How Can I Help With Youth Suicide Prevention?

Youth suicide prevention is needed now more than ever!

Since 1999, the overall suicide rate has increased at least 35% — including in children 10–17 years old.

In the United States, suicide is the second leading cause of death of people 10-24 years old. There are at-risk youth in every school.

Now more than ever, we need to reach out to our youth to guide them, support them, and show them that together we can weather any storm.

If we all pull together, we can help the new generation of youth grow to be strong, resilient, and prepared to take life by the horns — that’s where your local suicide prevention charity can come in.

What is a suicide prevention charity?

A suicide prevention charity is an organization that focuses on youth suicide prevention. They offer suicide prevention training and resources for parents, schools, hospitals and whole communities.

They are there to help you form a youth suicide prevention plan — including support for you, as well.

Some helpful information you may find at your local suicide prevention charity includes:

  • Videos
  • Pamphlets
  • Articles
  • Phone numbers and addresses to local mental health clinics and hotlines
  • Youth suicide prevention training
  • tool kits to help you calmly help your child
  • And support for every step in between

Among older teens and young adults, there are other services that can be utilized, as sometimes depression isn’t the only cause of suicide. PTSD, drug use and addiction can also make a person feel helpless.

What can I do?

One of the most important things to learn is the acronym, F.A.C.T.S:

F – Feelings — do they show signs of feeling hopeless about the future?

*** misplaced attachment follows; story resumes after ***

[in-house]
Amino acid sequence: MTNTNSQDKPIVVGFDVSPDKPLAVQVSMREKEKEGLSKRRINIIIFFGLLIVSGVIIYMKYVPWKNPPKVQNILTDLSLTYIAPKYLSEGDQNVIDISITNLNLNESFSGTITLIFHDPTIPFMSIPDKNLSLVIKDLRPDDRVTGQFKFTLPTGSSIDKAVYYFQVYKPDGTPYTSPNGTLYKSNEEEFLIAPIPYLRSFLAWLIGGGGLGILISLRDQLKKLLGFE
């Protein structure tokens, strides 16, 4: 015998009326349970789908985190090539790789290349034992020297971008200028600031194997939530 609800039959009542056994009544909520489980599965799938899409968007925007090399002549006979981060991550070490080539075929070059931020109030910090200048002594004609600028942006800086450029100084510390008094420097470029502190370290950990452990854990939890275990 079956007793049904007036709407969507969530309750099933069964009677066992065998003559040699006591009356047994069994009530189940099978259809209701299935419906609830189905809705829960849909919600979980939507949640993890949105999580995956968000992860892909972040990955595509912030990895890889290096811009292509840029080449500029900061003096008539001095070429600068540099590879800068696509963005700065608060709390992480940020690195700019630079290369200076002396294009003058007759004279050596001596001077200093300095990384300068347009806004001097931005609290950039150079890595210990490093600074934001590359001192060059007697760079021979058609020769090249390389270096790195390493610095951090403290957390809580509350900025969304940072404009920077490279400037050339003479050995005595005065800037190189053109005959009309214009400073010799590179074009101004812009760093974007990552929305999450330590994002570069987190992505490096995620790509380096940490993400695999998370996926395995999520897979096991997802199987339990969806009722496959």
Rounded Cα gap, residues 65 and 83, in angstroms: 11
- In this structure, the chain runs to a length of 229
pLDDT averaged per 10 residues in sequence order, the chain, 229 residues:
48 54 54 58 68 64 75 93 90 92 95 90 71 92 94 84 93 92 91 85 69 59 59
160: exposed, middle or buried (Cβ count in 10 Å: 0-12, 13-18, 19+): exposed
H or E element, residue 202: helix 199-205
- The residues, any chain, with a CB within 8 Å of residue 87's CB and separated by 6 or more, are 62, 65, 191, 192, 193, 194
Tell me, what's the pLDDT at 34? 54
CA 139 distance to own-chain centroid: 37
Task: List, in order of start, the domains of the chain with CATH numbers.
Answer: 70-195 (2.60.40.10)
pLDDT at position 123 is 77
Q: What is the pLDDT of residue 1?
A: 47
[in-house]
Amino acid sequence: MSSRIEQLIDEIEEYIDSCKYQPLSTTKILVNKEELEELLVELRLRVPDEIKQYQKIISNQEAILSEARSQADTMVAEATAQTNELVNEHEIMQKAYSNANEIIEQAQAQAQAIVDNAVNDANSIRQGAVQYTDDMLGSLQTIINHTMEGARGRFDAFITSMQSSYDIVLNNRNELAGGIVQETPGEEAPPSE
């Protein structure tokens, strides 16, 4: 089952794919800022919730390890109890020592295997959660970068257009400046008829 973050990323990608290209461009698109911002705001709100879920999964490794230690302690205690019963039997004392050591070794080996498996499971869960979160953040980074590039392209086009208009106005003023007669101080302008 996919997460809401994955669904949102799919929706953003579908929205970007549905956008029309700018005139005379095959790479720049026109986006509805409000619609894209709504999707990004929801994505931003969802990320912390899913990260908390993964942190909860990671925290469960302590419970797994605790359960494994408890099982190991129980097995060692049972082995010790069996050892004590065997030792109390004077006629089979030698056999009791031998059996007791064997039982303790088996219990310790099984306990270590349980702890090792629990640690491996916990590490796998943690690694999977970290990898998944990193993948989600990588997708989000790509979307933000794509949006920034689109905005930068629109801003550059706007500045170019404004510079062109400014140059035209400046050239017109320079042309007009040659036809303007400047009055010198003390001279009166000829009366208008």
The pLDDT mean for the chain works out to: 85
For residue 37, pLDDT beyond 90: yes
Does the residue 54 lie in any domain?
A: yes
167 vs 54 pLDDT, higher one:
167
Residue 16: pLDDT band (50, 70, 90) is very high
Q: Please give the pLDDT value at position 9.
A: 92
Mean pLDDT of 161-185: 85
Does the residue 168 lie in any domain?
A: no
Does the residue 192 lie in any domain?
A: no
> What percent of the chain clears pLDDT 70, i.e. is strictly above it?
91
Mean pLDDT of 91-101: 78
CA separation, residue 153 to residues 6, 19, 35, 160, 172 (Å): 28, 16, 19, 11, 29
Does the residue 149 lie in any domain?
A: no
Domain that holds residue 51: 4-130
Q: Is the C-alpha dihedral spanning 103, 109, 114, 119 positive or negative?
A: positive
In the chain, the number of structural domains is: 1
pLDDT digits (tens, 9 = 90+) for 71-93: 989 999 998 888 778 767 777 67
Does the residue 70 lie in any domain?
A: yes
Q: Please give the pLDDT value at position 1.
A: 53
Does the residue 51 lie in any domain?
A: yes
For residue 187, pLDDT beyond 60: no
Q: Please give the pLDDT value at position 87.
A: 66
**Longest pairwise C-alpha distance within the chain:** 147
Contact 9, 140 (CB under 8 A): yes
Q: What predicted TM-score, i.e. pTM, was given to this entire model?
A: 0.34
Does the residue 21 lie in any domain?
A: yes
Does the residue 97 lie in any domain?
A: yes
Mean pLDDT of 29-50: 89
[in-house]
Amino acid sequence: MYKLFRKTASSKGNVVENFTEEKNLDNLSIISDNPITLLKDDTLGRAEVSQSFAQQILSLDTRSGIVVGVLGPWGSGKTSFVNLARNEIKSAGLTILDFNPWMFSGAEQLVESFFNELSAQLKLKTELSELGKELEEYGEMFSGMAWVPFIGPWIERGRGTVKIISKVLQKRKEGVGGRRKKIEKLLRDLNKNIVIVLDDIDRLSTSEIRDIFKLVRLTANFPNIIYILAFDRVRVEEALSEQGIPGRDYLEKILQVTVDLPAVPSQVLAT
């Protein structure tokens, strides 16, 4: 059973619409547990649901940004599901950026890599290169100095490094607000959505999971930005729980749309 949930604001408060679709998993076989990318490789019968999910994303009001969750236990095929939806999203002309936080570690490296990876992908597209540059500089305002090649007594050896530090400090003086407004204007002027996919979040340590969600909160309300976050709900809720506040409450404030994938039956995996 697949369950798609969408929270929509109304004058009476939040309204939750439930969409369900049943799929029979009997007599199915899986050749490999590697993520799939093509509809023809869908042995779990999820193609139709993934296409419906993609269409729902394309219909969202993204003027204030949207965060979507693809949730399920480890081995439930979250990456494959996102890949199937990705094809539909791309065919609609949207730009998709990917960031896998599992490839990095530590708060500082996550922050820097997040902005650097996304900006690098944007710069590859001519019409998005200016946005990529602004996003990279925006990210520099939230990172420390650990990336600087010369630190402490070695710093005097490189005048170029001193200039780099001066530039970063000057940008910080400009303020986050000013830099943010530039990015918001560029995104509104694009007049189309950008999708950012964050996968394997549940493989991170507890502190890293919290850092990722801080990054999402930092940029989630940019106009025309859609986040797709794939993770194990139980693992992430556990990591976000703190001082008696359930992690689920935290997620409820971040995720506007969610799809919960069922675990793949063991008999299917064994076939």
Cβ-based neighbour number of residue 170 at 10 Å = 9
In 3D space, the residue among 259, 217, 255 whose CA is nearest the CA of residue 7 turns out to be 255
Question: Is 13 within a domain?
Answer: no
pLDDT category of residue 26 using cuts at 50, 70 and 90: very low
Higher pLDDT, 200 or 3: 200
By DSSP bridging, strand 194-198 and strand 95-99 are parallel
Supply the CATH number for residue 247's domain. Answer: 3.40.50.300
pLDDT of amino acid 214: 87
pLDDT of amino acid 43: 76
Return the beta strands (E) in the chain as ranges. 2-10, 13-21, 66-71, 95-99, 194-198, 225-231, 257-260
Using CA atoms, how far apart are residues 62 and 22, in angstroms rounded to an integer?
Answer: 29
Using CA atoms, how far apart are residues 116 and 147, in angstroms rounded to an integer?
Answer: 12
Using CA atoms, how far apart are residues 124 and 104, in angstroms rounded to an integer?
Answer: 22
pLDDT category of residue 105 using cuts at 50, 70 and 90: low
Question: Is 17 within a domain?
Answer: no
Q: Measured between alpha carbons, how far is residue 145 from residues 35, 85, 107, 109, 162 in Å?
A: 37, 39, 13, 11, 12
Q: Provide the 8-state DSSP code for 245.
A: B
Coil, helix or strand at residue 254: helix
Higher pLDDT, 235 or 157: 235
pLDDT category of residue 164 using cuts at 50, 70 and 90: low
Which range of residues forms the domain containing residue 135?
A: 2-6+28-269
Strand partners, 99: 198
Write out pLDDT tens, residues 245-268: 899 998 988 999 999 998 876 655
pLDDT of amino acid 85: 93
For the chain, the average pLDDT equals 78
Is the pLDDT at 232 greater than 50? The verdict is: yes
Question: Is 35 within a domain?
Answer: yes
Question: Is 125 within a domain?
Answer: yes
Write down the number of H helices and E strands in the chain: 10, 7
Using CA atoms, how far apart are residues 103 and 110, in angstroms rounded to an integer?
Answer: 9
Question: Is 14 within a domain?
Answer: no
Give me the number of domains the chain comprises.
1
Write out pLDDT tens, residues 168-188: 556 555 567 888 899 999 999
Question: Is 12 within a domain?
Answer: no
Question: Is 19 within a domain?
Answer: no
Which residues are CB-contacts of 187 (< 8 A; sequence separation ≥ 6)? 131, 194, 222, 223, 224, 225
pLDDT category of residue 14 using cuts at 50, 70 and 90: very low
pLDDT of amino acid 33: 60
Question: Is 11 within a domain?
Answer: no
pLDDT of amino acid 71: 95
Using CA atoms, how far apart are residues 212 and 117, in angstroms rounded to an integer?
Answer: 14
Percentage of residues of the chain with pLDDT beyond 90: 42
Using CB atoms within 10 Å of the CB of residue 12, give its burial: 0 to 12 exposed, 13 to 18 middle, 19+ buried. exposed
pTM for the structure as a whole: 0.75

A – actions — are they showing signs of severe or overwhelming pain or distress?

C – changes — are showing behavioral clues or extreme changes in social activity? Are they showing more anger or hostility? This could also be withdrawing from friends or changes in sleep patterns and amounts.

T – talk or threats — Do they talk about dying, death, or making plans to end their life?

S – situations — Is the child expressing stressful situations? Was there a loss or major change? Are they getting in trouble at home, school or with the law more than they used to?

Any of these situations can serve as triggers for suicide.

Talk to your child. Do not be afraid to ask them their thoughts on suicide or if they have thought about it. Tell them what you see in their behavior that concerns you.

 By taking the time to notice, reaching out to your child and seeking support, you can be the beginning of a positive solution.

The best thing you can do for your child is to just be there for them!

Educate yourself, your child, and those around you about suicide and depression — together we can save lives!

If you have immediate concern, call 911. You or your child can also call the National Suicide Prevention Hotline at 1-800-273-TALK (8255) for guidance and support 24/7.

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